Nikki Haley Rising in Iowa, South Carolina, and New Hampshire

Former South Carolina Gov. and UN Ambassador Nikki Haley may be barely a blip in national polls. But after her debate performance, she has surged into a tie for second with Florida Gov. Ron DeSantis in New Hampshire and is making a strong move in Iowa. And while it’s not surprising that the former governor of South Carolina would be winning her home state primary, Haley is ahead in a ranked-choice poll put out by the South Carolina Chamber of Commerce.

“She really knocked it out of the park at the debate and was able to introduce herself and throw herself into contention,” said Iowa state Rep. Austin Harris, who was the first lawmaker in the state to endorse her. “She connected with folks on a big stage and showed that she has what it takes.”

It’s not a universal analysis that Haley got the biggest bounce from the debate. Many analysts point to the performance of Vivek Ramaswamy as the breakout star of the evening.

But Ramaswamy’s reception was a mix of positive and negative. And Haley’s momentum has translated not only into a polling surge, but also a gush of donations.

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The Dispatch:

Though they concede they have not viewed fresh polling, neutral Republican operatives in Iowa say the increase in enthusiasm surrounding Haley is palpable. More GOP activists in Iowa are reaching out to Haley’s campaign offering to lend a hand. More importantly, more Republican voters likely to participate in the January 15 Iowa caucuses are attending Haley events and considering her for the 2024 nomination.

The evidence is a breakthrough in fundraising, the Haley campaign says.

In the 72 hours following the debate, the former ambassador raised $1 million, boosted by a 1,000 percent increase in contributions from grassroots Iowa donors compared to Iowa fundraising in the three days before the debate, according to her campaign. Additionally, prominent Iowa Republicans backing the former governor say their phones have been buzzing nonstop since before the Fox News telecast concluded.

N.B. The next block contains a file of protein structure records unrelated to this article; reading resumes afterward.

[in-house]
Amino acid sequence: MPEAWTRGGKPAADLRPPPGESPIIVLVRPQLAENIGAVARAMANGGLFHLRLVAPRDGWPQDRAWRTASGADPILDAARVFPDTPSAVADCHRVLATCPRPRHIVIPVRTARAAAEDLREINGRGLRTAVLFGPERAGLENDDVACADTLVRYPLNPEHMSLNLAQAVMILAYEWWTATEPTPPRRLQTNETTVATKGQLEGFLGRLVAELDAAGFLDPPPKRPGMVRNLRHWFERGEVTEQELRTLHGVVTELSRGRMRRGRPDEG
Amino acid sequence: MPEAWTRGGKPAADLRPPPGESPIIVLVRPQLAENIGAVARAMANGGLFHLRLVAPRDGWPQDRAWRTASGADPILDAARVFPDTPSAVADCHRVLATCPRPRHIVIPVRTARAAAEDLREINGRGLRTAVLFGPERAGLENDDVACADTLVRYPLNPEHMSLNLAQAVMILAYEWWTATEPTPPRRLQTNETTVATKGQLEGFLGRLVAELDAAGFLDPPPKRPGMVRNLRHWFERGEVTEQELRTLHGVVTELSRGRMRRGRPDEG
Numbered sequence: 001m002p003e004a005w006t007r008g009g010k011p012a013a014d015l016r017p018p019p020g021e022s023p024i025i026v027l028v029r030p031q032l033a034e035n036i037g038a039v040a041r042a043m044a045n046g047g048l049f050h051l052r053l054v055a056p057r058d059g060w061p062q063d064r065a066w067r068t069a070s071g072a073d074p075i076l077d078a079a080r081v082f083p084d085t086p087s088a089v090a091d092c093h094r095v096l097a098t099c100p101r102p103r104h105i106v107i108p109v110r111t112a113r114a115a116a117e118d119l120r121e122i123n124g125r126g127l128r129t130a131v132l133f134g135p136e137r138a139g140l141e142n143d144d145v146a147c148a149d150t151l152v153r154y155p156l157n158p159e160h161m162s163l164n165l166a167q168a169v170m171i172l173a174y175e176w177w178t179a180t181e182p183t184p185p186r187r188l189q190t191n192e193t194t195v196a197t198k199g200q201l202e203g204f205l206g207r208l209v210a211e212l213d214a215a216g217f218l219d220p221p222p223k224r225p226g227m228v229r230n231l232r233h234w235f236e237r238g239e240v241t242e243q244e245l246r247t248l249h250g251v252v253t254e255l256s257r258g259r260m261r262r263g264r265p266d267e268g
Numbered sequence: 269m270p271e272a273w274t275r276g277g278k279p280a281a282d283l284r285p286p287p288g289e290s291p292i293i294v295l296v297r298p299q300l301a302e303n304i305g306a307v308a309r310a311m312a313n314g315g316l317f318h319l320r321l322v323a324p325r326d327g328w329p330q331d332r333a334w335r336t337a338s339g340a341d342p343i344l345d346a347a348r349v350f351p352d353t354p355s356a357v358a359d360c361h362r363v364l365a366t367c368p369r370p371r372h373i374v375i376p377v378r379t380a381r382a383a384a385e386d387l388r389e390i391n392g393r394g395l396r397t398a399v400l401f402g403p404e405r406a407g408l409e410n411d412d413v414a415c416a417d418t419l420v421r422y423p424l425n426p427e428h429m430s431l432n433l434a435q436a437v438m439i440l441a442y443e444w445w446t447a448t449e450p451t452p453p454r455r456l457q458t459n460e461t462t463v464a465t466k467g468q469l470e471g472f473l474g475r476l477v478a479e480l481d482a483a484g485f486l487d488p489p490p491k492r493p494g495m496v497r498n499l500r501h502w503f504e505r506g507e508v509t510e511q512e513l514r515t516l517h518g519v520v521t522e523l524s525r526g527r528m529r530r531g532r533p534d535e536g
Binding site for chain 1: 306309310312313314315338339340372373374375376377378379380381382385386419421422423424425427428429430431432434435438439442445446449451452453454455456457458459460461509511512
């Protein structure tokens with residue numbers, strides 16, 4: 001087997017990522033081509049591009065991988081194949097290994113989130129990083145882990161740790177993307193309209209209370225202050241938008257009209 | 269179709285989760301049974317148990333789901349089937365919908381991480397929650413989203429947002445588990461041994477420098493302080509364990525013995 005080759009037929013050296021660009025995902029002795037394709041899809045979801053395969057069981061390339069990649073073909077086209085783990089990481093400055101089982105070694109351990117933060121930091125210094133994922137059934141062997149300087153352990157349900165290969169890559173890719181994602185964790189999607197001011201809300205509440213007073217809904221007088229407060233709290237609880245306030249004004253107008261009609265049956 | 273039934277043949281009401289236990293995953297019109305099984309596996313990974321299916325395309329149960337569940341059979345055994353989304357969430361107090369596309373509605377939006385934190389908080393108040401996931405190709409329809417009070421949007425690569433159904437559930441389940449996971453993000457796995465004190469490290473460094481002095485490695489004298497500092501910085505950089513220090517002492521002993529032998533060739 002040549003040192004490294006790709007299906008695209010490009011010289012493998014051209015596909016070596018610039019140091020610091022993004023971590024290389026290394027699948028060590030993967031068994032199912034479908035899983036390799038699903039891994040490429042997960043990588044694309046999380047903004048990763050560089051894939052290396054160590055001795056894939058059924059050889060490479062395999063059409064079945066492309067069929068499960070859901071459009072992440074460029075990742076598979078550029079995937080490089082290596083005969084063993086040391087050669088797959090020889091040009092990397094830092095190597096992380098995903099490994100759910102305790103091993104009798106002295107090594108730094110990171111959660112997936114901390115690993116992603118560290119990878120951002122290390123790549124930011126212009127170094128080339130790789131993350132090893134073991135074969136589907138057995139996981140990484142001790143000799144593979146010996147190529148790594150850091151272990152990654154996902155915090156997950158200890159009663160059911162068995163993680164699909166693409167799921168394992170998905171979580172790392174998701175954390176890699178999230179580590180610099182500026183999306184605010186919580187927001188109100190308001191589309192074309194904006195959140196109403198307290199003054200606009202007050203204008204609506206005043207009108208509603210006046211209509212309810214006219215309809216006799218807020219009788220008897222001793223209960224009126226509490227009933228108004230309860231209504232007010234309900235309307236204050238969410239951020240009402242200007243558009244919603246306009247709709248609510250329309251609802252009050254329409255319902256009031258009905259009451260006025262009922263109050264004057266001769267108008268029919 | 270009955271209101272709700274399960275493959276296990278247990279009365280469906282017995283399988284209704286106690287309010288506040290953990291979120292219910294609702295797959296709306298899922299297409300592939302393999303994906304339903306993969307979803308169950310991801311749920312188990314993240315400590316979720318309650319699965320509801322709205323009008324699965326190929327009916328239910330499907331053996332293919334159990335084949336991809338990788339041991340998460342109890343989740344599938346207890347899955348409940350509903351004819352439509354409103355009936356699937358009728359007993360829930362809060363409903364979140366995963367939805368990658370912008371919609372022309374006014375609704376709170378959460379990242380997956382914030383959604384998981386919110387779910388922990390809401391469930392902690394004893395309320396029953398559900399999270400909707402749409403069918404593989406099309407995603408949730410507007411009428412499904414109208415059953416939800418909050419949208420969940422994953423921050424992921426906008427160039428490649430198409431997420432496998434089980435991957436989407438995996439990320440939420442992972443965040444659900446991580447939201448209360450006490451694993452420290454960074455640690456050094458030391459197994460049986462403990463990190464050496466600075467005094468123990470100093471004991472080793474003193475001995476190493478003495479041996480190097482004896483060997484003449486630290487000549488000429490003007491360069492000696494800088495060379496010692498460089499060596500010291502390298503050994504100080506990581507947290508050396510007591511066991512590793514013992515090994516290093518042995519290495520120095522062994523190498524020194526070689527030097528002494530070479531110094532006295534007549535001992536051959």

“Tim Scott whiffed and Nikki looks like the real deal,” says a neutral Republican consultant in Iowa. Adds a second GOP operative based in Iowa, “People around here think Tim Scott really missed the moment at the debate. Nikki Haley, meanwhile, surged.”

In the here and now, Haley’s surging campaign, as well as movement by Ramaswamy, Pence, and DeSantis, doesn’t mean a lot. After all, Donald Trump is still far ahead — 40 points in New Hampshire. So what’s the significance?

Talk Show host Erick Erickson feels that “something is off.”

Trump’s crowds are smaller. He has less money to fly around and do big events. As a conservative talk radio show host with many pro-Trump listeners, they are far less aggressive than two years ago and more often willing on air to admit they are with Trump in their hearts, but not necessarily in their heads.

The older the voters, the more reticent they are for Trump. Those voters vote more often. But it still feels like something is off.

The other candidates are actually drawing large crowds. Money is flowing to those candidates and not just from the large donors. The enthusiasm for other candidates, particularly DeSantis, rivals that of Trump, and online one is far more likely to find a normal suburban voter who is for DeSantis. Trump’s online crowd consists of many fringe characters like Laura Loomer.

While Erickson’s analysis is subjective and anecdotal, the idea that he may be on to something is shared by myself and other analysts. The first thing to remember is that when it comes to Donald Trump, you can throw conventional wisdom out the window. And the times we live in are so unusual and unprecedented in many ways that the old verities about politics aren’t true anymore.

Related: Nikki Haley: The Senate Has Become a ‘Privileged Nursing Home’

Could Trump’s lead be a mirage? Do Republicans really believe Trump is innocent of all the major charges against him in the four indictments filed?

Certainly, the partisan witch hunt carried out by Alvin Bragg, who’s taking another bite at the Stormy Daniels apple, isn’t going to change the minds of any Republican voters. But legal experts are almost unanimous in their belief that the Georgia charges are going to be tough for Trump to beat — especially if some of his co-defendants flip on him. Will it take a conviction on major charges to change the dynamic of Trump’s support?

It’s hard to say what might start the stampede away from Trump — if it happens, which is by no means guaranteed. Indictments didn’t do it. But as Erickson says, the Republican campaign just isn’t adding up at the moment, in my opinion, and it feels as if the race may be about to turn in a major way.

If that happens, those who are moving up in the polls, like Haley, will have a distinct advantage.

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